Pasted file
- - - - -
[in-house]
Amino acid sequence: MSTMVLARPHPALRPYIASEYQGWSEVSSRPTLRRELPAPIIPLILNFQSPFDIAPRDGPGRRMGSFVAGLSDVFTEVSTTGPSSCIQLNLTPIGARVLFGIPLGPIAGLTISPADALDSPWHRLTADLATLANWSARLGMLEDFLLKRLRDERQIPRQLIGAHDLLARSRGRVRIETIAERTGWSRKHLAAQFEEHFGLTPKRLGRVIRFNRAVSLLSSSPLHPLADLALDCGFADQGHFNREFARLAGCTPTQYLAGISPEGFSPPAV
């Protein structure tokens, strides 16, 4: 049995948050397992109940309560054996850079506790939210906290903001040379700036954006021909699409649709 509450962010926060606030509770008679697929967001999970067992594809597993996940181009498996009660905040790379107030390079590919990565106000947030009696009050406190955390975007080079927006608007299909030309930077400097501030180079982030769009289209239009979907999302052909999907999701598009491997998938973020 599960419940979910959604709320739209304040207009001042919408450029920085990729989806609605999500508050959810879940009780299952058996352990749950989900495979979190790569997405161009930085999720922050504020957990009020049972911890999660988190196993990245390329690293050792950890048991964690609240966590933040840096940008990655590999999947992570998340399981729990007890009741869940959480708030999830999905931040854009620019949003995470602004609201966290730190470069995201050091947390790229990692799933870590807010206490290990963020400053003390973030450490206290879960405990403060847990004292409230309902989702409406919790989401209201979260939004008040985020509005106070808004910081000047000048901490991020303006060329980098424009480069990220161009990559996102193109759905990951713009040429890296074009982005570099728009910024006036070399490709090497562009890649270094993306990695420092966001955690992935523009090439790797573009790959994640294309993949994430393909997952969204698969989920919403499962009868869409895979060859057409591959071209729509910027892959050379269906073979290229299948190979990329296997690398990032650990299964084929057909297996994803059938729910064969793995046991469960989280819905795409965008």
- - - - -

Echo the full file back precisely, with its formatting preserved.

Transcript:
[in-house]
Amino acid sequence: MSTMVLARPHPALRPYIASEYQGWSEVSSRPTLRRELPAPIIPLILNFQSPFDIAPRDGPGRRMGSFVAGLSDVFTEVSTTGPSSCIQLNLTPIGARVLFGIPLGPIAGLTISPADALDSPWHRLTADLATLANWSARLGMLEDFLLKRLRDERQIPRQLIGAHDLLARSRGRVRIETIAERTGWSRKHLAAQFEEHFGLTPKRLGRVIRFNRAVSLLSSSPLHPLADLALDCGFADQGHFNREFARLAGCTPTQYLAGISPEGFSPPAV
């Protein structure tokens, strides 16, 4: 049995948050397992109940309560054996850079506790939210906290903001040379700036954006021909699409649709 509450962010926060606030509770008679697929967001999970067992594809597993996940181009498996009660905040790379107030390079590919990565106000947030009696009050406190955390975007080079927006608007299909030309930077400097501030180079982030769009289209239009979907999302052909999907999701598009491997998938973020 599960419940979910959604709320739209304040207009001042919408450029920085990729989806609605999500508050959810879940009780299952058996352990749950989900495979979190790569997405161009930085999720922050504020957990009020049972911890999660988190196993990245390329690293050792950890048991964690609240966590933040840096940008990655590999999947992570998340399981729990007890009741869940959480708030999830999905931040854009620019949003995470602004609201966290730190470069995201050091947390790229990692799933870590807010206490290990963020400053003390973030450490206290879960405990403060847990004292409230309902989702409406919790989401209201979260939004008040985020509005106070808004910081000047000048901490991020303006060329980098424009480069990220161009990559996102193109759905990951713009040429890296074009982005570099728009910024006036070399490709090497562009890649270094993306990695420092966001955690992935523009090439790797573009790959994640294309993949994430393909997952969204698969989920919403499962009868869409895979060859057409591959071209729509910027892959050379269906073979290229299948190979990329296997690398990032650990299964084929057909297996994803059938729910064969793995046991469960989280819905795409965008």